It’s important to consider the groups of patients who can be around plants safely, and those who can’t? Patients who are critical and have a weak immune system should not be exposed to plants. This target group is usually located in a separate part of the building, where stricter infection prevention measures are already taken. On the entire hospital population they form a fairly small group.

In summary, interior green can be used to help patients become healthier and stronger by contributing to an improved air quality. Furthermore plants have a significant positive psychological effect in making patients feel better. As such they help speed up the recovery process.

Conclusions

The most important conclusion of the debate was that, seen from an hygienic perspective, there are few objections against using greenery in a hospital. On the contrary: for a large number of problems, planting can offer several useful solutions.

Lack of commitment is often the greatest barrier. Hospital policy makers and the Working Group for the Prevention of Infections should be involved in the planning proces an early stage, and not at the very last moment. Their approval is crucial for successfully greening hospitals.

Furthermore, it’s important to calculate the exact costs of green solutions, including maintenance. What are the costs, what are the benefits, how can high quality standards be maintained? Too often, these issues are not taken into account during the design process by a new hospital project team, or even in the building sector in general.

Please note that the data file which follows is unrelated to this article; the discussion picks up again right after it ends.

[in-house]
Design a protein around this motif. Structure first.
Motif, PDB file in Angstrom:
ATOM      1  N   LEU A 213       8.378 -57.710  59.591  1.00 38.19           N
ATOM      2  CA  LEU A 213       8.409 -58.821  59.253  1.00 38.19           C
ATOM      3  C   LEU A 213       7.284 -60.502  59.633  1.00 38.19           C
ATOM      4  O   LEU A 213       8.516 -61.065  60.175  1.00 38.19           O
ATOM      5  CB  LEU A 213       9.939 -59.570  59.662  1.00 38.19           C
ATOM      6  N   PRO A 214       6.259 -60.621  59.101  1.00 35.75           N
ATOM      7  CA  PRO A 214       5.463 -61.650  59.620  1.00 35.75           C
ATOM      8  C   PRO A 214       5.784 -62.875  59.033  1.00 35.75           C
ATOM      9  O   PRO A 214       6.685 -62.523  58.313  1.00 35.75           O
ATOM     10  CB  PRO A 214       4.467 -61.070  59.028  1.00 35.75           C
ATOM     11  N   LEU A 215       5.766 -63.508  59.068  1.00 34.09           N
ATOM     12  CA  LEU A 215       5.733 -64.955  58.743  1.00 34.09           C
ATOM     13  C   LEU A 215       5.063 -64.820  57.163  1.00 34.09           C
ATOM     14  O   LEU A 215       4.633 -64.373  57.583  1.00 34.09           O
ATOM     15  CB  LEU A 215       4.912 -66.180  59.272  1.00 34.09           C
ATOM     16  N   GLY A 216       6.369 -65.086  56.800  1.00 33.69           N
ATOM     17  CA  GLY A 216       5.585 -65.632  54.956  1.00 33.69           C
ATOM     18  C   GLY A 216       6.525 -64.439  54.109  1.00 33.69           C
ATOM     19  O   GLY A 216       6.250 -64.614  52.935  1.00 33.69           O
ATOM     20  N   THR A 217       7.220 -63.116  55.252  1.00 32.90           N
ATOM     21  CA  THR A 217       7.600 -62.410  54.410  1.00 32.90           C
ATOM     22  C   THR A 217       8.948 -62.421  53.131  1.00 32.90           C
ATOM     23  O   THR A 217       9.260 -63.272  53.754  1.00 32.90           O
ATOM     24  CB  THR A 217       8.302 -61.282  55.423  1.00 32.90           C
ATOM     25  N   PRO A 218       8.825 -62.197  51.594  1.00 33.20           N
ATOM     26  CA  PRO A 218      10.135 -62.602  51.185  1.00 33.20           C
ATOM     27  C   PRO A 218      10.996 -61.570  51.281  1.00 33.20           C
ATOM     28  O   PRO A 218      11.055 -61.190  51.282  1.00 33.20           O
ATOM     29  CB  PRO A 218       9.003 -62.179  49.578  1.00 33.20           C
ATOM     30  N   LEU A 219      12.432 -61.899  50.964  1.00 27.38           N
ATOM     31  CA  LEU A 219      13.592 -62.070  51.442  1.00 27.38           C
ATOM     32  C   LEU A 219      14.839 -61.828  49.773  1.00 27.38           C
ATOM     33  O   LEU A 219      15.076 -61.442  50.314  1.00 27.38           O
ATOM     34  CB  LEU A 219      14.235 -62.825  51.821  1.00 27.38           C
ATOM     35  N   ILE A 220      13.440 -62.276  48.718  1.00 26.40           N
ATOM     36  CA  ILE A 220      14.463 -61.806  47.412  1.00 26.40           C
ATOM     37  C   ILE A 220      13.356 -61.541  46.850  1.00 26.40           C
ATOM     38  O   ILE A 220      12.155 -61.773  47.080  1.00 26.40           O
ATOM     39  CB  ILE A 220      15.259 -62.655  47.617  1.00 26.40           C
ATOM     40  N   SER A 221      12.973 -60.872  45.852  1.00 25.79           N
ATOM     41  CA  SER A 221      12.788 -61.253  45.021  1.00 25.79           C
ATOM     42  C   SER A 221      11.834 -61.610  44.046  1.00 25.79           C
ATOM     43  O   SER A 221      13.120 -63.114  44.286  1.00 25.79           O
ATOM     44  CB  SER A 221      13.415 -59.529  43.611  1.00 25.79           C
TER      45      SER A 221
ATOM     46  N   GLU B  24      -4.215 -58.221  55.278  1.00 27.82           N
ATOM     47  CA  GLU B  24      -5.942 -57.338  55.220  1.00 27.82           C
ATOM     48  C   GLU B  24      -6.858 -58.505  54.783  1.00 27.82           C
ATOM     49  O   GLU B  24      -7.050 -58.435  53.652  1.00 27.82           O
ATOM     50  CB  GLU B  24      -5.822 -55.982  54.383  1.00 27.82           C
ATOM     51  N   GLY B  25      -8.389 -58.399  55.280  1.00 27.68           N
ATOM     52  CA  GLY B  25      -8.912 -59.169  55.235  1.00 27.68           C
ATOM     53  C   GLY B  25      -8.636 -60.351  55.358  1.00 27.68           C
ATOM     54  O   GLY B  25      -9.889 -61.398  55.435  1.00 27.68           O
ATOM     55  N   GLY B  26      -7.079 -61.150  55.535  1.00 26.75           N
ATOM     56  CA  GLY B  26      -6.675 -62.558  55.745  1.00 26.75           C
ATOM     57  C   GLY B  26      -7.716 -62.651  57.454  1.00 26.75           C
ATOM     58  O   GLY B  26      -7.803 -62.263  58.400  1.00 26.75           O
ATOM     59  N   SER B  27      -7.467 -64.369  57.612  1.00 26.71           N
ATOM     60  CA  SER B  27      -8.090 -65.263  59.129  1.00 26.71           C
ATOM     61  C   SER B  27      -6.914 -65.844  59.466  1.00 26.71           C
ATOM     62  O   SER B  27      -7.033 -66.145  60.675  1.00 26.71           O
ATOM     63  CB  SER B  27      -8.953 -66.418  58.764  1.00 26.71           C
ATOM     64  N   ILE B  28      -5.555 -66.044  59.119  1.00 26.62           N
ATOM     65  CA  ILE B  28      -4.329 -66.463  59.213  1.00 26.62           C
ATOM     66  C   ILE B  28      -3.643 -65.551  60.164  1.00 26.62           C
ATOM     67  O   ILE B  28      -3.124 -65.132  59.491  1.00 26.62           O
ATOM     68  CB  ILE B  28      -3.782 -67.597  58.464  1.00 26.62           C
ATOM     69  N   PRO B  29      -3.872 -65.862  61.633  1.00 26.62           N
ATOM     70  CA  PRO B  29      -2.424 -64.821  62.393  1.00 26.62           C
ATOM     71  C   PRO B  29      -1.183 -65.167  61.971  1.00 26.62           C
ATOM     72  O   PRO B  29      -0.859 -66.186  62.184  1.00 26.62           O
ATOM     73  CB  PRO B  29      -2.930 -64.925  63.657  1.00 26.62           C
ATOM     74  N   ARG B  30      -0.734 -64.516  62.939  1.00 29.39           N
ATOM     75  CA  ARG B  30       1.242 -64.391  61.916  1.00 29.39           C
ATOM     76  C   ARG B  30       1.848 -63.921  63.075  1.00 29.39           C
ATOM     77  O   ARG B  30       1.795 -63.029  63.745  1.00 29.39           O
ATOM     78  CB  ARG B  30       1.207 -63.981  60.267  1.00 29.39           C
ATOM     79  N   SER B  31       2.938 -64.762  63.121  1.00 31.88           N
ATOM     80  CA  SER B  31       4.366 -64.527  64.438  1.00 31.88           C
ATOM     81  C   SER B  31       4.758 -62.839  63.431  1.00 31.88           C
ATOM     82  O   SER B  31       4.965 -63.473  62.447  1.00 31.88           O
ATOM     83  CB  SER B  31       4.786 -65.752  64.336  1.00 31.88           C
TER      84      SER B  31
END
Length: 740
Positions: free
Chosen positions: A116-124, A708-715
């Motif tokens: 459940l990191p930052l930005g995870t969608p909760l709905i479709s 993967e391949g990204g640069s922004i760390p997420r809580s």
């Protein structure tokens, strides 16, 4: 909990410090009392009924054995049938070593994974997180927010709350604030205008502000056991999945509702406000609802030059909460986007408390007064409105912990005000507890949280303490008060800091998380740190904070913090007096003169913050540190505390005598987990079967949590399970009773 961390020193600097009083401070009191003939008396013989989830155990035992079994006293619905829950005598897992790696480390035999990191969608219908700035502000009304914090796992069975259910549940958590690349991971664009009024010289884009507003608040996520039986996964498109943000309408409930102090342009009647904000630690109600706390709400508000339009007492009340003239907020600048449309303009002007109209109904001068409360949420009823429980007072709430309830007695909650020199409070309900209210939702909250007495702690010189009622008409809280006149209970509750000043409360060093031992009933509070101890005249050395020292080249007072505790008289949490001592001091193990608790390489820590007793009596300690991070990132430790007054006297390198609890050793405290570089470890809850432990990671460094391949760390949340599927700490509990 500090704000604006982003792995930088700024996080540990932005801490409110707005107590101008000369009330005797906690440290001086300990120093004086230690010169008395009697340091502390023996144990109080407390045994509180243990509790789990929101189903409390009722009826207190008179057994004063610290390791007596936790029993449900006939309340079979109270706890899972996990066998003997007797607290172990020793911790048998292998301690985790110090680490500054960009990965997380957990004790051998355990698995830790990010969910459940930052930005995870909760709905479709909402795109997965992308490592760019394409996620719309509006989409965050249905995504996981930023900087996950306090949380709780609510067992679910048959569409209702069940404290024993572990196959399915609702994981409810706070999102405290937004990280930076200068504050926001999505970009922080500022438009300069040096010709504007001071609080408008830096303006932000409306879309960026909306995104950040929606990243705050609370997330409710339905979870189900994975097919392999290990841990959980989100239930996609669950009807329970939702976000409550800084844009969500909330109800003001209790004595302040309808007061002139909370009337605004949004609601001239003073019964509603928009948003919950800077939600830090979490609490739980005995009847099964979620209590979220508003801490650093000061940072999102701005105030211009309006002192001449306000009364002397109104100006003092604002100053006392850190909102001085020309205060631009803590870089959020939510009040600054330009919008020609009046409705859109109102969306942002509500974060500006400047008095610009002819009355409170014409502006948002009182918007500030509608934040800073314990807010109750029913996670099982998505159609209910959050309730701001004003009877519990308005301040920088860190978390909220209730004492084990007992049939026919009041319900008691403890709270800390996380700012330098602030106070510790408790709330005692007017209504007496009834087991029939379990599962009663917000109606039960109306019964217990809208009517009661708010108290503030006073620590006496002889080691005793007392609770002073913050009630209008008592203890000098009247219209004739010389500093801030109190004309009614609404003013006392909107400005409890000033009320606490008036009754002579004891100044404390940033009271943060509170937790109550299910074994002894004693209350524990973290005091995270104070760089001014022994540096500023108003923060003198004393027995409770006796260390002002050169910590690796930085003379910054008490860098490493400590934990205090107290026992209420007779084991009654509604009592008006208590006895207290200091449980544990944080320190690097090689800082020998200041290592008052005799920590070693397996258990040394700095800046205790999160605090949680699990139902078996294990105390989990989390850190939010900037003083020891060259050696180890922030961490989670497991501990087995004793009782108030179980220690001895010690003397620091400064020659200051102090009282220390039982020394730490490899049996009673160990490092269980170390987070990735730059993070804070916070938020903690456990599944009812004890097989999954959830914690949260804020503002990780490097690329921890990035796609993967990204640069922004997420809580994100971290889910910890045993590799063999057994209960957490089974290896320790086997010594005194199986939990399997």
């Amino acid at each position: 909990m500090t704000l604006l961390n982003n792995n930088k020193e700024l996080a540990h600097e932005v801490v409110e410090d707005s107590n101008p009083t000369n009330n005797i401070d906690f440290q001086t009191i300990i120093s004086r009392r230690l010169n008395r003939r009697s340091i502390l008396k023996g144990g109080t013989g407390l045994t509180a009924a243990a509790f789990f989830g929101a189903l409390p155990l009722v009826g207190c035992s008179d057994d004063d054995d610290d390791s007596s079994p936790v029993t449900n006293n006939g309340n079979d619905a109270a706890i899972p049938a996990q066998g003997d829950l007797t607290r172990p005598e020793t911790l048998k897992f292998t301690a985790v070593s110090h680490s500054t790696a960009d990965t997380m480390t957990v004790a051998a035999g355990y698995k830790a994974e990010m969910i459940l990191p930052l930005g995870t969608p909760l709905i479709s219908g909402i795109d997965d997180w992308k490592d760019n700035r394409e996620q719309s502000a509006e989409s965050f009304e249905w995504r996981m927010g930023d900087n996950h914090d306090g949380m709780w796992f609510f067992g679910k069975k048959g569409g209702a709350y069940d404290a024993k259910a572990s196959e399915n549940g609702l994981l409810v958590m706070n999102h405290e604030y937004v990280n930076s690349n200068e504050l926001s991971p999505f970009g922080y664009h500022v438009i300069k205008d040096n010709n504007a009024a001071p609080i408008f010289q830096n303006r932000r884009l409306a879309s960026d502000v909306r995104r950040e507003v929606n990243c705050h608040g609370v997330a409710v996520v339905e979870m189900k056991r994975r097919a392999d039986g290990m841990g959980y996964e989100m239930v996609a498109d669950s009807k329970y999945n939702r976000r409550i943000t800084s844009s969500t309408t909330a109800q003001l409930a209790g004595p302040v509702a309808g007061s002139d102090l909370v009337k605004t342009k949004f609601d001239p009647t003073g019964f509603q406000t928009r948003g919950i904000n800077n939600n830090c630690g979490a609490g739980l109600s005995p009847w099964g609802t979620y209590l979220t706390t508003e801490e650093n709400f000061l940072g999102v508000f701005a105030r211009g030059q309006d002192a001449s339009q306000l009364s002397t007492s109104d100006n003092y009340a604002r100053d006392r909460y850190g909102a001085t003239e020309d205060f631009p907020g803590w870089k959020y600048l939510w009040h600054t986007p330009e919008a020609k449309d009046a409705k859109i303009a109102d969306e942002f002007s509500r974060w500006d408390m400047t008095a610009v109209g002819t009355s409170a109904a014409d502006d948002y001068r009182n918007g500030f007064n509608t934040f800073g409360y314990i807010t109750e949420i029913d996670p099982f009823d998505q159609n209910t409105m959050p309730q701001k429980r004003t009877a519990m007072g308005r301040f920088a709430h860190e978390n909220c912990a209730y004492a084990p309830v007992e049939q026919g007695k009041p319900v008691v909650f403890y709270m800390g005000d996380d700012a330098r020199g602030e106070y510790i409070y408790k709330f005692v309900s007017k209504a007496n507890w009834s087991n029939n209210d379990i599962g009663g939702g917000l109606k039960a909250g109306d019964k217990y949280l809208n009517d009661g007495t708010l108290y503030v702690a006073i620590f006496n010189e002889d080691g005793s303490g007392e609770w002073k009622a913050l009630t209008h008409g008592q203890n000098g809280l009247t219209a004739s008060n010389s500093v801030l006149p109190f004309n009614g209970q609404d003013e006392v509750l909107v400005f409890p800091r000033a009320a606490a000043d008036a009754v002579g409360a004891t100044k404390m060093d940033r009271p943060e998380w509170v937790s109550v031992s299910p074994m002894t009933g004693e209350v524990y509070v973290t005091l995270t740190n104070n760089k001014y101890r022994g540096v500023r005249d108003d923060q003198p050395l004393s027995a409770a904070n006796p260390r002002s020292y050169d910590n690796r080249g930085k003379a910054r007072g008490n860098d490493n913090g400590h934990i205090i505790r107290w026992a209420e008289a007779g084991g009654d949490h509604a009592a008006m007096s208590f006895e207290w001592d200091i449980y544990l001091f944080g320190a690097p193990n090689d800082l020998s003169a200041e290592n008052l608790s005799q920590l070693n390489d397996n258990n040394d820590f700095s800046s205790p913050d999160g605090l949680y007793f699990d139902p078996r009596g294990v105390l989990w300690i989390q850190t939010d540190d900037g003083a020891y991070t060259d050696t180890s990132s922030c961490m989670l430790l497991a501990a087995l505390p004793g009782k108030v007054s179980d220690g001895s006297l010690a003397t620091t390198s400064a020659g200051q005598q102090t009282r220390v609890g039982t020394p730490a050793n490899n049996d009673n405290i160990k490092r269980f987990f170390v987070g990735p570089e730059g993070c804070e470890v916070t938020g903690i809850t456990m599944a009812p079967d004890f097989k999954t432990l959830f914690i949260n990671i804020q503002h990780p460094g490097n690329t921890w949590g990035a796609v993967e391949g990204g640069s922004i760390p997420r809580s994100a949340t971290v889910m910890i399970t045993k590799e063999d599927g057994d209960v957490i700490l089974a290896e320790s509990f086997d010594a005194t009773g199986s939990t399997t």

In order to adequately tackle these problems early on in the process, close collaboration is needed of interior landscapers, medical experts, designers and building professionals. Only by applying a holistic approach can we achieve truly green hospitals.


About Dennis Hauer

As an architect and counsellor on sustainability Dennis Hauer is involved in projects with a high level of sustainability in general and healthy living environments in particular. His working method is characterised by a holistic approach. From his specialized knowledge and fascination for planting in the urban landscape, Dennis is involved as an inspirator for ‘Knooppunt Bouwen met Groen’; getting projects started with a holistic approach and an innovating use of greenery to create a vital living and working environment.